By David Minsky
By Jen Mangham
By Bill Wisser
By Laine Doss
By Bill Wisser
By Dana De Greff
By Laine Doss
By Zachary Fagenson
Only problem is, I hate the Fourth of July. Traffic, crowds, fireworks that sound like thunder. The obligatory barbecue. Burgers and dogs and corn on the cob. I can hardly stomach the thought.
So this year I praised America in my own way -- by visiting the local melting pots for dinner. For Part II of my restaurant capsule rehab project, I checked out places that (like so many of us) have dual nationalities, more than one cultural influence, or an assimilation factor. I found what I expected despite the seemingly conflicting elements: distinct and unique personalities that could flourish only in America.
Maria's Greek-American Food Shop
1363 Coral Way; 856-0938. Open Monday -- Saturday from 10:00 a.m. to 9:00 p.m.
I kept trying to discern what's so American about Maria's Greek-American Food Shop. The Greek part is easy to figure: prints of the islands hanging on the green- and white-latticed walls, the Mediterranean folksongs on the sound system, the Aegean brand beer. The tasty eggplant salad, a cold and potent starter spiked with garlic, scallions, and dill and served with quartered pita bread warm from the grill. And the souvlaki, juicy pieces of boneless pork or chicken speared kabob-style and partnered by authentic tzatziki, yogurt dotted with cucumber.
Then I tried the spinach pie, a geometry of chopped spinach and feta cheese, the lid of phyllo dough as limp as if it had just come out of a microwave. Ditto the galactobourico, another soggy square, this one with custard and a warm honey sauce. That's pretty American of 'em, I thought. So was the pastitsio, bland noodles layered with ground beef and a scant bechamel blanket, which tasted like Hamburger Helper and which was accompanied by canned string beans with a tomato sauce and yellow rice doused with same. And the souvlaki's garnish, browning iceberg lettuce cushioning feta cheese, was something I might expect in a greasy spoon, Greek or American.
Lunch specials -- a different one daily -- might be the best way to go. Stuffed peppers, cabbage, or grape leaves, Greek-style meatballs or beef tips with orzo (rice-shaped pasta), all served with pita bread and a bargain at $5.95, bring in a healthy crowd of local business people representing practically every nationality in Miami.
Ruen Thai and Sushi Bar
947 Washington Ave., Miami Beach; 534-1504. Dinner nightly from 5:30 to 11:00 p.m., Friday -- Sunday until midnight.
The staff at Ruen Thai is eager to serve you. So eager, in fact, that they might ask for your order five times in as many minutes. Take no notice of them; the newly installed sushi bar and expanded menu require all your attention.
Unfortunately, the two sushi products I ate -- a fishy, lukewarm shrimp tempura roll (fried shrimp, asparagus, and avocado) and a skimpy Boston roll (boiled shrimp, avocado, cucumber, and spicy mayonnaise)-- were not great justification for this new let's-just-add-a-sushi-bar trend. The combo of mediocre offerings and competition from other Washington Avenue spots might prevent this suddenly sushi one from taking off.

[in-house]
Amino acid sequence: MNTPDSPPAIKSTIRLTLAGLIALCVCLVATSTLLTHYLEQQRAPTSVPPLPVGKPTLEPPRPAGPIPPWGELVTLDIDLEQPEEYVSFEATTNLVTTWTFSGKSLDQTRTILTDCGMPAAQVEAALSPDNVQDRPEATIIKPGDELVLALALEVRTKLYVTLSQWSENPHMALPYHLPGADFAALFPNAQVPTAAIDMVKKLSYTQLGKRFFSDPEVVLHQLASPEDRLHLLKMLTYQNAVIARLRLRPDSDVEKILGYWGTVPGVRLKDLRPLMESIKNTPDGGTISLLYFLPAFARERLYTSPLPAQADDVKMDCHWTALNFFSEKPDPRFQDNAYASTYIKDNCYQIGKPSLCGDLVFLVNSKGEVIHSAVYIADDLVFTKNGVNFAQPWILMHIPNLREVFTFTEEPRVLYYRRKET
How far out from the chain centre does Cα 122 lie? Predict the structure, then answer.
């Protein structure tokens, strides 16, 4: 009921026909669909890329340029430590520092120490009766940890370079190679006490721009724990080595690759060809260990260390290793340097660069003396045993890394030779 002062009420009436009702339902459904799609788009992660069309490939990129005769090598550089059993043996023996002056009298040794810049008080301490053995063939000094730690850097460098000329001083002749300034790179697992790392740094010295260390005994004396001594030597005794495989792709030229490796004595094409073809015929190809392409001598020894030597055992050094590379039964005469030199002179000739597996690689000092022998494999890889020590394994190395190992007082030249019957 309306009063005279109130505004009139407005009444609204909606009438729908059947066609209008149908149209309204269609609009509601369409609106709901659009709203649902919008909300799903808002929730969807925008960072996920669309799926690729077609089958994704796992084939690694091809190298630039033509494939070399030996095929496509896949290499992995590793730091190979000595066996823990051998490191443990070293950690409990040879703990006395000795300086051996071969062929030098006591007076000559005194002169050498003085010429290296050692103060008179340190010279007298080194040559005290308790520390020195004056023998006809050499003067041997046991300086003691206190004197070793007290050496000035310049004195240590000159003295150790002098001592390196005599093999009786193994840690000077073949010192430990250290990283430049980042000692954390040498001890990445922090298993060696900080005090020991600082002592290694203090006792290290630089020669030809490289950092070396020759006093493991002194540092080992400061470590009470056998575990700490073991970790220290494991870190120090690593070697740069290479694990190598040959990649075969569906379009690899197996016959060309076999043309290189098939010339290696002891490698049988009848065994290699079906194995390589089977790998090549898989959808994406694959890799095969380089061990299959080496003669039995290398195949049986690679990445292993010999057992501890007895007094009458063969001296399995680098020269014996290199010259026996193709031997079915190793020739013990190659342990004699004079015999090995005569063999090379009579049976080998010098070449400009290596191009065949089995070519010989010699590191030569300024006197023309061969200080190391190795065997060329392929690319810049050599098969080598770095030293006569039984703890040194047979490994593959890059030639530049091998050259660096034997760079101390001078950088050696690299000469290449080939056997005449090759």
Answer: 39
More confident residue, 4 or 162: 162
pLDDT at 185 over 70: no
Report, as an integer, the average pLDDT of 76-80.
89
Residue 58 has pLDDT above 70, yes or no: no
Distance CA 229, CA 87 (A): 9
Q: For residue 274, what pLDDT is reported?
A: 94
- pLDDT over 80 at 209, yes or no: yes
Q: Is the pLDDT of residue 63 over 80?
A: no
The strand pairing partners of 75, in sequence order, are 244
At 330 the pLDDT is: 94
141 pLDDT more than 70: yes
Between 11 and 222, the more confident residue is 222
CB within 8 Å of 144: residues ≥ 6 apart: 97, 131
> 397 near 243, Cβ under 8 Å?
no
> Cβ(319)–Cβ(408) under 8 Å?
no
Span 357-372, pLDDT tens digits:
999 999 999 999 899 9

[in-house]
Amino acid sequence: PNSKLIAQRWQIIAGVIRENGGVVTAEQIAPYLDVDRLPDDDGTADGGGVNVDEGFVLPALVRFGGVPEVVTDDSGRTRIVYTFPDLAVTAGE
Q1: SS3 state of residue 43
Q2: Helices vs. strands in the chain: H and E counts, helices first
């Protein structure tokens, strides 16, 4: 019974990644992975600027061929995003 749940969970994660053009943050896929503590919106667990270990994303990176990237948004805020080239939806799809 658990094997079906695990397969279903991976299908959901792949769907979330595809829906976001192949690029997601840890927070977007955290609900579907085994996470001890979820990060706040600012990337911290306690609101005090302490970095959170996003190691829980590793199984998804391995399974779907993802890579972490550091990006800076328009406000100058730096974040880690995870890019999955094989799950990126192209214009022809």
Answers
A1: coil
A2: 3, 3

Thai fare here is much, much better. Yum woon sen, for example, an appetizer of clear noodles tossed with ground chicken and whole shrimp, served warm over cool iceberg lettuce and garnished with bean sprouts. The noodles were al dente and delicious, spiced with hot pepper, onion, scallion, and lime juice. Another pasta starter, mee krob, was excellent as well. Rice vermicelli was fried to a crisp finish, then coated with a honey-sweet sauce that tasted like candy. Whole shrimp and bean sprouts added texture. A vegetable curry was a fresh and plentiful main course, cabbage, broccoli, carrots, and onions drenched in a delightfully piquant coconut milk sauce that soaked into steamed aromatic rice.
With its remarkable hand-carved teak tables and luxurious curries -- pan-fried grouper with broccoli, pork with sweet peas, and shrimp massaman with sweet potatoes -- Ruen Thai has been a South Beach staple for years. Not even sushi can spoil that.
Biscayne Wine Merchants & Bistro
738 NE 125th St., North Miami; 899-1997. Lunch Monday -- Friday from 11:30 a.m. to 3:30 p.m. Dinner Monday -- Thursday from 5:00 to 10:00 p.m., Friday and Saturday until 10:30.
A stately dining room redolent of Europe, this North Miami eatery moved several years ago from its Biscayne Boulevard location but kept the name. It also kept its main feature, the wine gallery in the back, a bacchanal's delight from which diners can pick and choose among innumerable bottles to complement the daily menu items or blackboard specials -- or to take home. And though wine prices might be slightly higher than at the liquor store, they're reasonable for a restaurant; the selection makes it all worthwhile.
European with a bit of brash America thrown in might be the best way to describe the culinary offerings, ranging from pate to pasta to pork chops. Gazpacho was a chunky version, so thick it seemed more like salsa. This was a very refreshing starter, barely spicy but flavorful with celery, onions, and cucumbers ground into the tomato broth. An arugula salad was also exquisitely fresh, the tear-shaped peppery greens unaffectedly crowned with rings of white onion and a dash of olive oil.